Author(s)Mitchell, Lincoln A.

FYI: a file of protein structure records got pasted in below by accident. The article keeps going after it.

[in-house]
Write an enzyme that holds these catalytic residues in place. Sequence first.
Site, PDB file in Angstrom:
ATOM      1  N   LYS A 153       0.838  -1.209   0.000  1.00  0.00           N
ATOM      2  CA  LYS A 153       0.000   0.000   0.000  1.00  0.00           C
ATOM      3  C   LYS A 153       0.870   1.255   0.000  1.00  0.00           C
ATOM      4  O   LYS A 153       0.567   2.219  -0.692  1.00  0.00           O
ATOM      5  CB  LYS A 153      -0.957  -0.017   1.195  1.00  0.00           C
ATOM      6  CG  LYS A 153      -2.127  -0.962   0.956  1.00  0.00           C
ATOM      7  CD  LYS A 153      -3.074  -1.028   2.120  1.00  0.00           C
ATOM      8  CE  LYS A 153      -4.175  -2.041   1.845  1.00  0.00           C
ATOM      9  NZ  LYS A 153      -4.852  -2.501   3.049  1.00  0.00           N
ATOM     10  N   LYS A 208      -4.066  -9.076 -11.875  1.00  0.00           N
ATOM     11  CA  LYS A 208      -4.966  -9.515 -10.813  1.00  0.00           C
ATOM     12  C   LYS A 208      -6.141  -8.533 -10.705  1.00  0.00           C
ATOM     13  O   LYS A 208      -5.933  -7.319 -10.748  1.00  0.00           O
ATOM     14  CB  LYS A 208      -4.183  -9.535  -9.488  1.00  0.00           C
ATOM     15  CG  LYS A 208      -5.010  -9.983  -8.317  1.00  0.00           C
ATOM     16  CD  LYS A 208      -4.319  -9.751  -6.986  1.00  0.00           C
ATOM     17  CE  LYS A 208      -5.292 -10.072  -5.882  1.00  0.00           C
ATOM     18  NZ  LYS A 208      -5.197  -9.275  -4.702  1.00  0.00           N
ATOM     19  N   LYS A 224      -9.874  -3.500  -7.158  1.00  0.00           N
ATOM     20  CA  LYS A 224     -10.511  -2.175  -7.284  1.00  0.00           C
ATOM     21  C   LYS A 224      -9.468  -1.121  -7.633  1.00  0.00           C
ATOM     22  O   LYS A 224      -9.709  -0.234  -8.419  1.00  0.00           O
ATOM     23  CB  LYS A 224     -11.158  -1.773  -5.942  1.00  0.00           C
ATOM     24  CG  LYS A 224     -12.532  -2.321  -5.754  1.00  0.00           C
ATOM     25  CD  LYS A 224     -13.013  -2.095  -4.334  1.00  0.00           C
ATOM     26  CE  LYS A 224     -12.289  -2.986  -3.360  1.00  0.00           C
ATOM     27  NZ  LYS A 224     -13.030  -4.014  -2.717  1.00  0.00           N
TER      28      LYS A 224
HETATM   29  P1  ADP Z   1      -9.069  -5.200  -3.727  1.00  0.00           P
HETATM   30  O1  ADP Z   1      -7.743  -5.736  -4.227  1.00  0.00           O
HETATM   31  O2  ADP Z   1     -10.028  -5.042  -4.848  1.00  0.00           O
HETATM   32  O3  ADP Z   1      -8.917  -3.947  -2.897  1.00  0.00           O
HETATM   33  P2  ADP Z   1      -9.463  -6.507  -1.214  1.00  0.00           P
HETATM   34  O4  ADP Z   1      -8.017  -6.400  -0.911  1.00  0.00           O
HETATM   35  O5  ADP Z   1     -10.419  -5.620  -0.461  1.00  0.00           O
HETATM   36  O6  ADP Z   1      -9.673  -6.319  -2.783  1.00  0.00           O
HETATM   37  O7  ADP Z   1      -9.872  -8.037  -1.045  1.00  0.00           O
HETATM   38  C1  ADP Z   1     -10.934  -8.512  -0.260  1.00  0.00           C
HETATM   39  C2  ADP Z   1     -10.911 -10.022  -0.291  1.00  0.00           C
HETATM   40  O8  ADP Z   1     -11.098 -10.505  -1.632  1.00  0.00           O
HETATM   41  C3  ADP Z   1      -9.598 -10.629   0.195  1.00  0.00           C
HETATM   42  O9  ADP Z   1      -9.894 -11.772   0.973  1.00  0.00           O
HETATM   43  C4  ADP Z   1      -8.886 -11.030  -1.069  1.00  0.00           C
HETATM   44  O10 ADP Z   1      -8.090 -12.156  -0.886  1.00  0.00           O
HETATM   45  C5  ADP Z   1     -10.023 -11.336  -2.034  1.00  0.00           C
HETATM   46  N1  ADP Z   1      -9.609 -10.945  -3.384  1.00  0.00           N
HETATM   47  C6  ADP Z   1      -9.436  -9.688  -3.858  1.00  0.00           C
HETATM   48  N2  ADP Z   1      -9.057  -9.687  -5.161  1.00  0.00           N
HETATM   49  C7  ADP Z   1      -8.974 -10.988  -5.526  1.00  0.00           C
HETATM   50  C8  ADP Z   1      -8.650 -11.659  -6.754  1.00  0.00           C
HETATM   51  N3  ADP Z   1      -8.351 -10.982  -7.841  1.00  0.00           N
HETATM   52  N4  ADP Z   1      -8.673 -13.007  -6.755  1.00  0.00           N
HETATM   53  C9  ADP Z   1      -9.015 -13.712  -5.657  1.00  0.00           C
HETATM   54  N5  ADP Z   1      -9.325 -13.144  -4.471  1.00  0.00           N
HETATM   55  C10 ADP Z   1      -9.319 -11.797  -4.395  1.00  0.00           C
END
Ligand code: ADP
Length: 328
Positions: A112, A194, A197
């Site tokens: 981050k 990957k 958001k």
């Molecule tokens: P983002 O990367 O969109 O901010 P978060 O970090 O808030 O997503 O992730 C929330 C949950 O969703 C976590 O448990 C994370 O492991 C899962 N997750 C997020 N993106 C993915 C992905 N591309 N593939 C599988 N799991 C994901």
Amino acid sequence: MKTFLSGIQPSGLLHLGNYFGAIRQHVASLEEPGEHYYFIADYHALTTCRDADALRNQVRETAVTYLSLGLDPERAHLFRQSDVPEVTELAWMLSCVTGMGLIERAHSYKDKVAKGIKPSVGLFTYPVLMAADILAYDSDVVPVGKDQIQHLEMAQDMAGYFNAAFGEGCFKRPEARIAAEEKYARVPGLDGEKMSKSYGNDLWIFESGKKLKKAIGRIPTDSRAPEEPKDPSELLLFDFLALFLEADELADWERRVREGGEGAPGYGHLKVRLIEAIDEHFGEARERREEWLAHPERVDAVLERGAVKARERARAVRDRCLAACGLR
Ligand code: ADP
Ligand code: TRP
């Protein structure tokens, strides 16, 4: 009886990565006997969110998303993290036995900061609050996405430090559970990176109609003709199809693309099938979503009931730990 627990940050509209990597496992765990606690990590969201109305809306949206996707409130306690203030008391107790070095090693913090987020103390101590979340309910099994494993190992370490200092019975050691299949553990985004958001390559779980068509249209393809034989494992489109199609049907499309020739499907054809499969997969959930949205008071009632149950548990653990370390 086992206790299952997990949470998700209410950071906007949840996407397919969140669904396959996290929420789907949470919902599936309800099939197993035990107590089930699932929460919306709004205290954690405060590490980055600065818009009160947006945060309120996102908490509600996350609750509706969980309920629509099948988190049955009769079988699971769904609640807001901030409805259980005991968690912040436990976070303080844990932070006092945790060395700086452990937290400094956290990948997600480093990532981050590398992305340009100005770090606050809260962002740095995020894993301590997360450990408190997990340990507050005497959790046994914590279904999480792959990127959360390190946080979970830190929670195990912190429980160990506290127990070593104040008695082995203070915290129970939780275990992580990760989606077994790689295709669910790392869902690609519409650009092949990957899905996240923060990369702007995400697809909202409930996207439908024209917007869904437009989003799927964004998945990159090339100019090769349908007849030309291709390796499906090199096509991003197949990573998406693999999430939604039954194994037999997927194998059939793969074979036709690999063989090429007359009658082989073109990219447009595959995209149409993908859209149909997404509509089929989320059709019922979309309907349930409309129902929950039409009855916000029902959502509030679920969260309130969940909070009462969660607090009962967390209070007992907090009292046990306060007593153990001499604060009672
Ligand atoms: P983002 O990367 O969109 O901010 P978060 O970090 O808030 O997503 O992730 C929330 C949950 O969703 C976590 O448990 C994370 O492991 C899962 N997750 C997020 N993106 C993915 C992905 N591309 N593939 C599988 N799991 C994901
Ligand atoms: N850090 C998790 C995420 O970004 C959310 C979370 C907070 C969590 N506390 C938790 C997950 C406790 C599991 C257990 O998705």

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AbstractWhile in Asia, President Obama focused quite a bit on the U.S. relationship with China. This was wise and reflects the increasingly obvious reality that the U.S.-China relationship is, and almost certainly will remain for many years, our country’s most important bilateral relationship. Moreover, Obama’s Tokyo speech reflected the need for cooperation between the U.S. and China. “it is important to pursue pragmatic cooperation with China on issues of mutual concern – because no one nation can meet the challenges of the 21st century alone…That is why we welcome China’s efforts to play a greater role on the world stage – a role in which their growing economy is joined by growing responsibility.” The Chinese and U.S. economies are deeply linked in a relationship that is the trade equivalent of being too big to fail. Similarly, nascent rivalries for influence and power around the world cannot be allowed to grow out of control. All of this occurs in the obvious, if downplayed by the administration, context of China as a country with very little political freedom and a record of widespread human rights abuses.